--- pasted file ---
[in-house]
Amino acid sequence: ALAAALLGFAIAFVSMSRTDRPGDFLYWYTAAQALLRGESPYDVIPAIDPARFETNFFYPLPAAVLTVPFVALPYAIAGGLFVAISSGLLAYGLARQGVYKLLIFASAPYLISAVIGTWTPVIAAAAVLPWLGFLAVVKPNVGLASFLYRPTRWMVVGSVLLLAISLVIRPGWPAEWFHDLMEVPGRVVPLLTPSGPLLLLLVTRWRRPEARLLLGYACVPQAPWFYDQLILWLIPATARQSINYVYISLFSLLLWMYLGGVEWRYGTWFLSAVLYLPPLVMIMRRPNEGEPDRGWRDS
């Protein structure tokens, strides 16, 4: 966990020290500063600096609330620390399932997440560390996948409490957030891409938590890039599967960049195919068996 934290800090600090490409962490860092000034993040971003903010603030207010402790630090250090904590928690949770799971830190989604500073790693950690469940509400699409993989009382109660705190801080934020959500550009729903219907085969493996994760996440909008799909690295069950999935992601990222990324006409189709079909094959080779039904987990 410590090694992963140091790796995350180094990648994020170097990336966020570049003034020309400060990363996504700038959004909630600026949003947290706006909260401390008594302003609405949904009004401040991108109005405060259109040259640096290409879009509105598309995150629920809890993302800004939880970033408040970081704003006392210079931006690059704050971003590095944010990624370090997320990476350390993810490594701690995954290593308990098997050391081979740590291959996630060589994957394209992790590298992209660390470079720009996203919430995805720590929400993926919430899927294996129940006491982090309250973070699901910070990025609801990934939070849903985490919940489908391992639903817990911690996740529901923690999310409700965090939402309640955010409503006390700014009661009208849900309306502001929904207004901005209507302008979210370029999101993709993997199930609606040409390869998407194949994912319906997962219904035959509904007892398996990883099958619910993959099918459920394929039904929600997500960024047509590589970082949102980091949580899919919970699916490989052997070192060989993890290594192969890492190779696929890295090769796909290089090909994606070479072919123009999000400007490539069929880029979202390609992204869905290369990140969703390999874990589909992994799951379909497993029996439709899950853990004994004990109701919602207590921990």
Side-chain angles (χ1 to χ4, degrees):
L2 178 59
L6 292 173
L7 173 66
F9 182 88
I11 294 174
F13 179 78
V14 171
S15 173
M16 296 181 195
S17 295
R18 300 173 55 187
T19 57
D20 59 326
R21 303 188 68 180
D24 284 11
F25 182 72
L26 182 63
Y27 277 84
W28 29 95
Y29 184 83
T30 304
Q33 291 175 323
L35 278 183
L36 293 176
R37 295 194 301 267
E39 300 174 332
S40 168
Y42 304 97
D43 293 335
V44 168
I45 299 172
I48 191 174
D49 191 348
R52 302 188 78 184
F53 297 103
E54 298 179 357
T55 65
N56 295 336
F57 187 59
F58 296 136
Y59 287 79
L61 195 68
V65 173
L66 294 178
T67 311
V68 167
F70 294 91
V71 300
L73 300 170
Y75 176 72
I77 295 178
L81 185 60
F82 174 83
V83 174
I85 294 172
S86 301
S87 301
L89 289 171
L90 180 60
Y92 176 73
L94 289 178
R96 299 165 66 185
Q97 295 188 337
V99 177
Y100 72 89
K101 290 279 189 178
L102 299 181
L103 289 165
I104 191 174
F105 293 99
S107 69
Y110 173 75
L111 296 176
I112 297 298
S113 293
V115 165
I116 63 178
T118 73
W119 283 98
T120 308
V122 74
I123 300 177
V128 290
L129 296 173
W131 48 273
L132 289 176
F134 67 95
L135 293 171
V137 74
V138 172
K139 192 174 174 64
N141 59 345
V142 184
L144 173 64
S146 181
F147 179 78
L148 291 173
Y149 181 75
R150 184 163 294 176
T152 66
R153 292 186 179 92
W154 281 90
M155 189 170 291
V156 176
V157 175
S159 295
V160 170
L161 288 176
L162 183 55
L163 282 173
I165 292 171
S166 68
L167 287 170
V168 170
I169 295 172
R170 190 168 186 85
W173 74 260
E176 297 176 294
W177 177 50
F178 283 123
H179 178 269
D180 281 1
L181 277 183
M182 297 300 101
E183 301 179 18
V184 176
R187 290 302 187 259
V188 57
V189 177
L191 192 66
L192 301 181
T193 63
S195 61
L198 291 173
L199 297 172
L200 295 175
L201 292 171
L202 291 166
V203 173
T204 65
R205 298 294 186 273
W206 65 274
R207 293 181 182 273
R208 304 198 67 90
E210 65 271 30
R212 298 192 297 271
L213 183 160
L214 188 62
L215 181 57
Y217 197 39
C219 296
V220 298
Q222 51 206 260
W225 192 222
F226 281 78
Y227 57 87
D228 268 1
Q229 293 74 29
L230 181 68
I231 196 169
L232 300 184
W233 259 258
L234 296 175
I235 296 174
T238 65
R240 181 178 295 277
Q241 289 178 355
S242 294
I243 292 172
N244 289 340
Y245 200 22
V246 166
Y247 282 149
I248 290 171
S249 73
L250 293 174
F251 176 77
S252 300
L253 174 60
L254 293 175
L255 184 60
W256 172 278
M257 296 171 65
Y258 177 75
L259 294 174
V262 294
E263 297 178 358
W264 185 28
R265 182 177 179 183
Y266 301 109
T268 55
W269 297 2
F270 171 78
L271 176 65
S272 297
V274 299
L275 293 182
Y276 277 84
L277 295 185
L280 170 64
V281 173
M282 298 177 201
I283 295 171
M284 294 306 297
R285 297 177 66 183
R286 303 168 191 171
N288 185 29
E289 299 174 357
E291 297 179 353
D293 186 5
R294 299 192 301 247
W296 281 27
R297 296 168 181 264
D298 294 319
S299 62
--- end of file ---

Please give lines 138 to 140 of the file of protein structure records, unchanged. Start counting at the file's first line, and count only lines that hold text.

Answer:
L198 291 173
L199 297 172
L200 295 175